social networks

Loose Connections Will Never Rain on Your Parade

0 Comments 18 January 2017

I am thrilled to share a guest post by Talya Rotem of SMARTSaver. I’m always interested in social network analysis, and when Talya tweeted that she had discovered potential collaborators after looking through her organization’s loose connections, I had to find out more about her experience. In this blog post, Talya shares what she learned from analyzing her social network, and what that opened up for the nonprofit.

 

Running an online community can at times feel like marshaling a parade. We want to recruit the best ‘Grande Poohbah’ to help us amplify our message, lead our marching band, and excite the spectators on the sidelines. So, we design tactics to identify key collaborators, as well as fresh content, and new opportunities just to keep the party going. But none of that work should ever overshadow our efforts to also engage those who don’t even know about our hoopla!

SmartSAVER belongs to a large network of Canadian community organizations working to remove financial barriers for underprivileged kids to attend college. The network’s tight connectivity means that we could easily get stuck preaching to the converted, or inviting the same people to watch the same parade and eat the same candied apples. This inward-facing digital focus would never help us strengthen our small-but-growing online presence, or increase offline collaborations. Therefore, we started to proactively outreach to loose personal or professional connections already working in literacy, poverty reduction, or youth empowerment sectors – but who were not part of our tight network. The results have always varied, but most interactions now enable us to gain a broader awareness of potential cross-sectoral relationships.

Recently, I reached out on Twitter to the next person on my list of loose connections. He was someone I knew only from online, but who had volunteered with an early childhood literacy organization that we hadn’t worked with before.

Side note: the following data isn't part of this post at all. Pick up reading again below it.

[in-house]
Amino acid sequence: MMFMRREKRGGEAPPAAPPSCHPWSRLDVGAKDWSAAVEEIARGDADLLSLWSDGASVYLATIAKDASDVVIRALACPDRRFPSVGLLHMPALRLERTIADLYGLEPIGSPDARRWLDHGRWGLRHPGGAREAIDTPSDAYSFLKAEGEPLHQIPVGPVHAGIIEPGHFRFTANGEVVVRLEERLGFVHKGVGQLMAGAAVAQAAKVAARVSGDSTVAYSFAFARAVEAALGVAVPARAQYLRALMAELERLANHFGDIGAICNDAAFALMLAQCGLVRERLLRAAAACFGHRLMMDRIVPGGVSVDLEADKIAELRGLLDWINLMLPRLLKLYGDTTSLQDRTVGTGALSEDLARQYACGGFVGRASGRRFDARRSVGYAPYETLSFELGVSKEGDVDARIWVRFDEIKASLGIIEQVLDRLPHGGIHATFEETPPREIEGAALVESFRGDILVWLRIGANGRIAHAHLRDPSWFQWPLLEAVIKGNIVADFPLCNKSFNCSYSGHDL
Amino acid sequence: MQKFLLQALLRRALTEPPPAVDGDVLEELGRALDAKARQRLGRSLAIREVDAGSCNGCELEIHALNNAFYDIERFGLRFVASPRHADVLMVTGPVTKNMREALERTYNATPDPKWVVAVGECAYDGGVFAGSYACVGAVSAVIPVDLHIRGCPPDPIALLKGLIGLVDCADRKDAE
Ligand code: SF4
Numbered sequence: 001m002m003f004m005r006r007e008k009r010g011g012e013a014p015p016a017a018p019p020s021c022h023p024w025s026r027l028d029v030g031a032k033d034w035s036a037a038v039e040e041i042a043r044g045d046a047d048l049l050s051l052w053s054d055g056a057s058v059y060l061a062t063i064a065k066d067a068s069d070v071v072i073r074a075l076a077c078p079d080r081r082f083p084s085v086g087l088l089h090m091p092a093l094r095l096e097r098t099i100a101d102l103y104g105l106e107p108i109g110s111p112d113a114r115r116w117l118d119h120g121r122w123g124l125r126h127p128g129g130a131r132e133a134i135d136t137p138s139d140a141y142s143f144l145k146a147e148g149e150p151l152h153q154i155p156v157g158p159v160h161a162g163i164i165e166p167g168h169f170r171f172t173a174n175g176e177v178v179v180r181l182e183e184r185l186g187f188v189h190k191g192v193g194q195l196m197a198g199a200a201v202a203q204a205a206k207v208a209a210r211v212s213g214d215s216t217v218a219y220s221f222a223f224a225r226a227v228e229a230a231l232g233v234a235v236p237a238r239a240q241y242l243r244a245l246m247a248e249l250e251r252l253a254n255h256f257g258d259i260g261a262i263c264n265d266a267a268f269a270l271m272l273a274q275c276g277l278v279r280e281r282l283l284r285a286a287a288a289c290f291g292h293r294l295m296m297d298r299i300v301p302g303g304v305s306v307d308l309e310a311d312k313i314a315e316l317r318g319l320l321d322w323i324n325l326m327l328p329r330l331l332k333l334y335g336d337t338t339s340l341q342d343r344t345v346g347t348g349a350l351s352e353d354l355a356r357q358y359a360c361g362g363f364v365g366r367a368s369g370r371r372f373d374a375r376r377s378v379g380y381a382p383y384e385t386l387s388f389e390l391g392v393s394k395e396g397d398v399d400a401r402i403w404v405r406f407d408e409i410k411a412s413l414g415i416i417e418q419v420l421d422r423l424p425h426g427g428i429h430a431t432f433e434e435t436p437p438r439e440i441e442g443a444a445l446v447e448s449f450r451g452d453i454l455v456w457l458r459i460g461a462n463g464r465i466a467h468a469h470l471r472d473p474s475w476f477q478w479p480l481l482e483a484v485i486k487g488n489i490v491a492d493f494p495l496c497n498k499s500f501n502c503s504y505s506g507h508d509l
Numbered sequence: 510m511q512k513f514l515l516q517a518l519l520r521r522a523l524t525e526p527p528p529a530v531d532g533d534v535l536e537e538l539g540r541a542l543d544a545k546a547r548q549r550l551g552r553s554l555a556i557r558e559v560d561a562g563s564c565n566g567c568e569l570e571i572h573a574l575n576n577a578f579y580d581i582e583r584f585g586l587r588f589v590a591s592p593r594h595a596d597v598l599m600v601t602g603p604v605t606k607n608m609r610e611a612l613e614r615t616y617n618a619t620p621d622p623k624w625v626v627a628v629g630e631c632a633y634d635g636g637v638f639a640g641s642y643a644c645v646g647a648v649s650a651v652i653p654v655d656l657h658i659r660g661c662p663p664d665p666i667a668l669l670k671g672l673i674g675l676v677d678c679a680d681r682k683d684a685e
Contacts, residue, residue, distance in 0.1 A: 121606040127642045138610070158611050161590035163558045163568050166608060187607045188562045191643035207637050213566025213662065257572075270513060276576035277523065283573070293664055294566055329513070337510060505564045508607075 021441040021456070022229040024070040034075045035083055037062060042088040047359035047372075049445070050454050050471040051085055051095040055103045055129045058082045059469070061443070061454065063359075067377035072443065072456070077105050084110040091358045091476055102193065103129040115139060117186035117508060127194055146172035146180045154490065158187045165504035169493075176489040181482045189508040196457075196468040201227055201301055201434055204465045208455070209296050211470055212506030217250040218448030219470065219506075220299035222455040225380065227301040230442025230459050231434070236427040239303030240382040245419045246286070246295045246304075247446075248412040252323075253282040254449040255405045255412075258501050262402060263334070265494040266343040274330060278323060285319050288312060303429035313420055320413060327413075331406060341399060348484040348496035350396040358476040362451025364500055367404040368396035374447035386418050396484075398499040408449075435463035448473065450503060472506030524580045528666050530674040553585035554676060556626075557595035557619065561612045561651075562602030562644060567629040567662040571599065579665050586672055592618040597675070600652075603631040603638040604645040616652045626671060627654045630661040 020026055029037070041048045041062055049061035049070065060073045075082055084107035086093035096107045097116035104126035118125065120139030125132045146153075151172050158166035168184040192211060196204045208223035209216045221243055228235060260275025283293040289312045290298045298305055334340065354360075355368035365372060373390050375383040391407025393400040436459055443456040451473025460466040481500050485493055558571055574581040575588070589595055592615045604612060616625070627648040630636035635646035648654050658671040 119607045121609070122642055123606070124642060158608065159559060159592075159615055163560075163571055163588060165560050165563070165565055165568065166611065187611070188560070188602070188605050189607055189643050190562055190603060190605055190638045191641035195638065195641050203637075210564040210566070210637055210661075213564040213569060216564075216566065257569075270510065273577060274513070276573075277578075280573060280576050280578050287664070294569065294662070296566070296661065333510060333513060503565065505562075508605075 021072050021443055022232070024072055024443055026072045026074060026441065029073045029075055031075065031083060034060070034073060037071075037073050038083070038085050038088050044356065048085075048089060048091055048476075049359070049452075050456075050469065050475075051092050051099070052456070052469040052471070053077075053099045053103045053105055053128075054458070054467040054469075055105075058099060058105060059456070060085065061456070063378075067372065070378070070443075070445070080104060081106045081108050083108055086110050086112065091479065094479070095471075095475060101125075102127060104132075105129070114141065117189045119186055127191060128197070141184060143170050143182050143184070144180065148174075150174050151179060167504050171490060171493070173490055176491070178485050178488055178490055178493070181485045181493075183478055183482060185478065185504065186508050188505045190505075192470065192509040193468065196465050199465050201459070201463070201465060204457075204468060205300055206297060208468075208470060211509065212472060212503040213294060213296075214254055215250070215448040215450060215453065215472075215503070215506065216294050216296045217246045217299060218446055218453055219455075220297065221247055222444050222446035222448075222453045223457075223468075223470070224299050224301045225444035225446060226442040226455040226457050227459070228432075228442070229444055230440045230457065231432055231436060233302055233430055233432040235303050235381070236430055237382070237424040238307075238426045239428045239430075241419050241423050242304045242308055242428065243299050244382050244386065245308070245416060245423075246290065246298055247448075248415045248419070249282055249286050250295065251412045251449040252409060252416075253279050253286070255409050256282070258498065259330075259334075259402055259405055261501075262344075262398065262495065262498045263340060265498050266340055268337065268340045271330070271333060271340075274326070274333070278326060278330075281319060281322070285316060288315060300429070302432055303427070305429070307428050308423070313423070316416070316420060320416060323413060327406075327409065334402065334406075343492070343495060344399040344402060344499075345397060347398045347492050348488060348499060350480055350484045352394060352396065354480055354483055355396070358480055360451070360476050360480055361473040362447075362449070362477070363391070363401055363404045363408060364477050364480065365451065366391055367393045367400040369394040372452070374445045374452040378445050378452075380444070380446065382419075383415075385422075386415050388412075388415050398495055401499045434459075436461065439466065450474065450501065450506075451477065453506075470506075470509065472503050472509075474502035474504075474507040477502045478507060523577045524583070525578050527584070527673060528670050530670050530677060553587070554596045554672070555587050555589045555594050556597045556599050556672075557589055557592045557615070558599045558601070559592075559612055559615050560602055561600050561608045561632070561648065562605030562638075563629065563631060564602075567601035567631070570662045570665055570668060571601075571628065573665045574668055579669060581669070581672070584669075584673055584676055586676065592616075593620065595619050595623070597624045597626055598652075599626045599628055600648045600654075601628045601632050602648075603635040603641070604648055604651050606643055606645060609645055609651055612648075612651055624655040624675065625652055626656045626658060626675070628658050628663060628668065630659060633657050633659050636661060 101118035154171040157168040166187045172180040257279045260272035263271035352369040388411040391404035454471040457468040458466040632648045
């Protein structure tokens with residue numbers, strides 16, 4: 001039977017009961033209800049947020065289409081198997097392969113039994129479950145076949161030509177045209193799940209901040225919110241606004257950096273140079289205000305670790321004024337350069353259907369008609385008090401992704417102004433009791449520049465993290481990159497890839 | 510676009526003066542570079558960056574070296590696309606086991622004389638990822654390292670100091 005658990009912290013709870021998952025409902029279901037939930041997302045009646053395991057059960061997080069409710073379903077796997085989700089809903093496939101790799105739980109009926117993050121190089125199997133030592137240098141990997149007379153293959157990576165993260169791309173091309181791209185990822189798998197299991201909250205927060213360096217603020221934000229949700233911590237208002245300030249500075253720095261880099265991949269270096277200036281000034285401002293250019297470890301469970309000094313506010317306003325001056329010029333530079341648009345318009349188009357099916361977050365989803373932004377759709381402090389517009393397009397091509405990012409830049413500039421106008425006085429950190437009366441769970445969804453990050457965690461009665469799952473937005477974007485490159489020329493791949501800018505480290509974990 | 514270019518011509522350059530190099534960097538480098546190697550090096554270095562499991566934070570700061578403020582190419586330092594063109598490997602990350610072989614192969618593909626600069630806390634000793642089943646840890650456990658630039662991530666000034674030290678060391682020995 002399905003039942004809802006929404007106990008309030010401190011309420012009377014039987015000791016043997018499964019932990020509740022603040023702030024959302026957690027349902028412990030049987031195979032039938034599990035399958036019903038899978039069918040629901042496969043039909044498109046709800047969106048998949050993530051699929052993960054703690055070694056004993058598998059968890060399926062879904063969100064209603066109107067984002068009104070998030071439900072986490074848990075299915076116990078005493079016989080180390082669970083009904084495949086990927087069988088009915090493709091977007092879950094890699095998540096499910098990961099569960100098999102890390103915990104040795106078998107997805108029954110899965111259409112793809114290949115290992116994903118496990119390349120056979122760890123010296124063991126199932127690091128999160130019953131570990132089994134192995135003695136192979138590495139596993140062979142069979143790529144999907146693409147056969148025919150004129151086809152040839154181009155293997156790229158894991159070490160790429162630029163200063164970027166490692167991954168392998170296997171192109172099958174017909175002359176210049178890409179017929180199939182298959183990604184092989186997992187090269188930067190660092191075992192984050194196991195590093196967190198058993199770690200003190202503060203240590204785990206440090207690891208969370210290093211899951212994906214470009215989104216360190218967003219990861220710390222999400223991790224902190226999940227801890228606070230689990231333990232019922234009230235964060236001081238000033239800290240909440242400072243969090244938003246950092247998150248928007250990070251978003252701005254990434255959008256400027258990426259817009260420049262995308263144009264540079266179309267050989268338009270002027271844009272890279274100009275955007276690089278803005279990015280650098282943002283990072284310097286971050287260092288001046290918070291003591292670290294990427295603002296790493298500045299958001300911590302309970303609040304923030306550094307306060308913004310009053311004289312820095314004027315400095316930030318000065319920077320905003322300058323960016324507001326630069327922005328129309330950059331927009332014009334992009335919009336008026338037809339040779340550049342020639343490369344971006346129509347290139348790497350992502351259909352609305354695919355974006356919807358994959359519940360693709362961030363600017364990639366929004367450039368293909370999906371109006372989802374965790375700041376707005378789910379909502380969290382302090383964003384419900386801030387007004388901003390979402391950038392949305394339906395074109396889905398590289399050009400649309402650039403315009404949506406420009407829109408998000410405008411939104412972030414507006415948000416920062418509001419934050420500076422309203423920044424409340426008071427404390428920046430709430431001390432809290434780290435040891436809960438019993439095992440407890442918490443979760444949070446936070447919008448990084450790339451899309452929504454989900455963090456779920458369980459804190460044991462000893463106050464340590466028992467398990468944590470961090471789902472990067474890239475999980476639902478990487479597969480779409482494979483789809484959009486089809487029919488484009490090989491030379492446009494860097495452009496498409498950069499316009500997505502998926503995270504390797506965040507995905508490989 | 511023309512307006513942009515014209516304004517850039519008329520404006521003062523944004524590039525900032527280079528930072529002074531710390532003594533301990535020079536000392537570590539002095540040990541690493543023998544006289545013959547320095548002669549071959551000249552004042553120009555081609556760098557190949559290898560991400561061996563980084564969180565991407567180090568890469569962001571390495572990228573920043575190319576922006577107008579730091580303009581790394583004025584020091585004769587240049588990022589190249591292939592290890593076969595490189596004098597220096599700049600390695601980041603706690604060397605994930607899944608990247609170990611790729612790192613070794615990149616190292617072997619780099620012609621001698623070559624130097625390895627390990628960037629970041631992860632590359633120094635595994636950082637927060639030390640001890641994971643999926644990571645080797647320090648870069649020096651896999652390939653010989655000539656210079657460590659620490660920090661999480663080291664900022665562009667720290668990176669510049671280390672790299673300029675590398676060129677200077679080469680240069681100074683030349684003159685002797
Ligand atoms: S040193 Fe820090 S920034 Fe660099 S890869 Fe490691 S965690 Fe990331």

My goal was to gain some insight into their online objectives, but the ensuing discussions enabled us to do so much more:

  • Identify new key messaging for potential collaboration
    We realized that our communications would better resonate with more child literacy organizations if we simply reframe our work as being one milestone on a child’s path through the education system, starting in kindergarten and ending in college.
  • Identify new outreach locations
    We learned that while the non-profit did not work specifically with kids living in poverty, that they were located in an area highly populated by kids from low-income households. Our efforts could now focus on some of those specific neighbourhoods.
  • Build trust with key individuals
    We discovered that our loose connection wasn’t ‘just’ a volunteer with the literacy non-profit, but was in fact a current board member. At the end of our discussion he was so engaged in our work that he offered to take our information with him to the next board meeting.

Proactively engaging loose connections hasn’t always resulted in getting our foot in the door, but they have helped us make inroads with contacts at college student retention programs, volunteer tax clinics, and food banks across the country. Most interactions offered new insights, fresh content, or sometimes they have led to tighter connections. Thankfully, people continue to join our parade, buy some cotton candy, and go home to tell their friends all about us!

Talya Rotem

 

Talya Rotem is a non-profit community engagement professional who has always motivated individuals to improve their lives or the lives of others by accessing health, education, or leadership opportunities.

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About

Debra Askanase is an experienced digital engagement strategist, non-profit executive, and community organizer. She works with mission-driven organizations to develop digital strategies and campaigns that engage, create trust, and move stakeholders to action. Debra speaks at conferences worldwide on the intersection of technology, social media, and nonprofit organizations.

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